Now our white overseer -- who demeaned all people of colour when he called himself the "Blackest Prime Minister in the history of SVG," slandering his predecessors in the process by implying they were Uncle Toms -- wants to bring thousands more of these unremunerative, subservient, unstable, and mainly seasonal jobs to our homeland via his adventure at Argyle. Being "black" is not a metaphor; it is an immutable birth status in the global system of capital accumulation and racial oppression. Are black Vincentians only good for cleaning toilets, making beds, scrubbing floors, and fetching drinks for white people?
If you have a government that actually boasts about creating what Marx and Engels called a "reserve army of labour" to be exploited by global capitalism and which sees our best and brightest nursing school graduates virtually compelled to migrate to other lands
to earn their bread, hoping that they will send a few crumbs back home to their families, this is how you end up.
You also end up with lots of sex tourism. All over the Third World, where tourism has become the mainstay of the economy, millions of people of colour, including pre-pubescent boys and girls, have been ruthlessly exploited by debauched white men looking for low-budget sex away from the prying eyes of their home country's law enforcement and legal systems.
With our weak and corruptible system of law and order, with such high rates of unemployment and underemployment, with our libertine attitude towards sexuality and a growing tolerance for homosexuality, with our high rates of physical and sexual abuse of women and children, with so many females reduced to "picking fares" to make a living, with the "poor parenting" and "dysfunctional homes" correctly referred to by the prime minister in his 2015 budget address, and with so little for tourists to do here except drink cheap rum and buy cheap sex, we are well primed to become just another regional bulling-and-brushing tourism destination like Cuba, the Dominican Republic, Haiti, and Brazil.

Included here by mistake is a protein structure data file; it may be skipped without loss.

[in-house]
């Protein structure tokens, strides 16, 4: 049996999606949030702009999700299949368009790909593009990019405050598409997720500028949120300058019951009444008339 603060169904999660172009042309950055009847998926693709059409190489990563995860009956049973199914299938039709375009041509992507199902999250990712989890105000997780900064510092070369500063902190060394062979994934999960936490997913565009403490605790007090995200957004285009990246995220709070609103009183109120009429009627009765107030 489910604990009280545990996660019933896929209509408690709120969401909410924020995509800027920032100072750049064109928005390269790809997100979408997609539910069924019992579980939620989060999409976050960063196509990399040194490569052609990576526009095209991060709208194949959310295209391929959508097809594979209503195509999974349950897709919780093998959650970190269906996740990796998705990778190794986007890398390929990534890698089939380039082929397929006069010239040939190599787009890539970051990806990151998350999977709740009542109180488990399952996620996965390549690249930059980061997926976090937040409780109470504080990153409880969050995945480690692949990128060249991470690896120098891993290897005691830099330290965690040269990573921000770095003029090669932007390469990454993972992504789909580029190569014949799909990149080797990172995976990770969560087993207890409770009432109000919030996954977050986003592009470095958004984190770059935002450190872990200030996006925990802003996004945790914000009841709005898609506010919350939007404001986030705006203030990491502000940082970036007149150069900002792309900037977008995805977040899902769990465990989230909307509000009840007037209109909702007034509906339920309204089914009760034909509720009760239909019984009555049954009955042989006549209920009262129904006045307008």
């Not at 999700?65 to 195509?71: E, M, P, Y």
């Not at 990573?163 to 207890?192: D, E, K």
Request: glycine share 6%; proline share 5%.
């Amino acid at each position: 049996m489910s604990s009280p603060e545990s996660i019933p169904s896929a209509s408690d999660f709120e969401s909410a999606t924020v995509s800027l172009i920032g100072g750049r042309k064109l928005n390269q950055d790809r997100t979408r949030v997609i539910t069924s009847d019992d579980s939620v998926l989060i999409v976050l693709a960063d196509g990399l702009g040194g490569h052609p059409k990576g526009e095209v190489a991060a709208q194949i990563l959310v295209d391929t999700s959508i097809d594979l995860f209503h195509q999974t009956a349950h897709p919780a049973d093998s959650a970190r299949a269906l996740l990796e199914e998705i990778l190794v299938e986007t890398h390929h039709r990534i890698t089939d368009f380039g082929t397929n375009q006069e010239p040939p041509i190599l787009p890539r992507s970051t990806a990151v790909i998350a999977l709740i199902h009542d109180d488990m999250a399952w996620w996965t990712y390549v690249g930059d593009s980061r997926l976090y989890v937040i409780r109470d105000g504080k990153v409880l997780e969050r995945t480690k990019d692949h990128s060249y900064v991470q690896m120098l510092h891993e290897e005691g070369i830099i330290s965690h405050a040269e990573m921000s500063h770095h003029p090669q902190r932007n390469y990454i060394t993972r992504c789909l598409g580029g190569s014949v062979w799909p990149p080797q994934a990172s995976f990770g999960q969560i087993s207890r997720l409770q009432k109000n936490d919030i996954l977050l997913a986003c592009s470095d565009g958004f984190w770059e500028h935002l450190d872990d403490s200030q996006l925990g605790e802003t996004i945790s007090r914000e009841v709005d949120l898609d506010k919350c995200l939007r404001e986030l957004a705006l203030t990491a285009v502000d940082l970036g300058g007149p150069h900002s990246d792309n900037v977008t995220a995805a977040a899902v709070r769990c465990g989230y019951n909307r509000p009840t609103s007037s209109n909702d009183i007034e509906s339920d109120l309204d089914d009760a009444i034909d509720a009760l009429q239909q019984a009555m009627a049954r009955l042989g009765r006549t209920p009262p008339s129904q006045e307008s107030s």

All these and many other negative features of migration, remittances, and tourism are well understood by our prime minister and his leftist acolytes simply because they have been endlessly described and analysed for decades by the neo-Marxist critique of political economy Dr Gonsalves has such familiarity with as a student, lecturer, and scholar. Still, good economics often makes bad politics even when no economic school of thought would ever argue that it makes sound developmental sense to birth, rear, educate, and train females -- all at great expense to their working-class parents and their poor country -- in order to subsidize rich nations like Trinidad/Tobago and Barbados from the moment they graduate from nursing school.
But school days are long over and arcane theoretical disputation is of little moment in the rough-and-tumble world of electoral politics in an anti-intellectual, semi-literate, Alice-in-Wonderland society like ours where "white" is "black" and "black" is "white." The masses have long wanted a new international airport, so a brand-new airport they will get regardless of whether it can be afforded, supported, or needed and regardless of the negative effects on our fragile way of life.
In Caribbean politics, winning isn't everything, it's the only thing.
This is the sixth in a series of ten essays on the folly of the proposed Argyle International Airport. The others may be found at:
Get ready for a November election in St Vincent and the Grenadines! But which November?
Lessons for Argyle International Airport from Canada's Montreal-Mirabel International Airport
Lessons for Argyle International Airport from the cruise ship industry
Lessons from Target Canada for Argyle International Airport in St Vincent
Lessons from Trinidad and Tobago for Argyle International Airport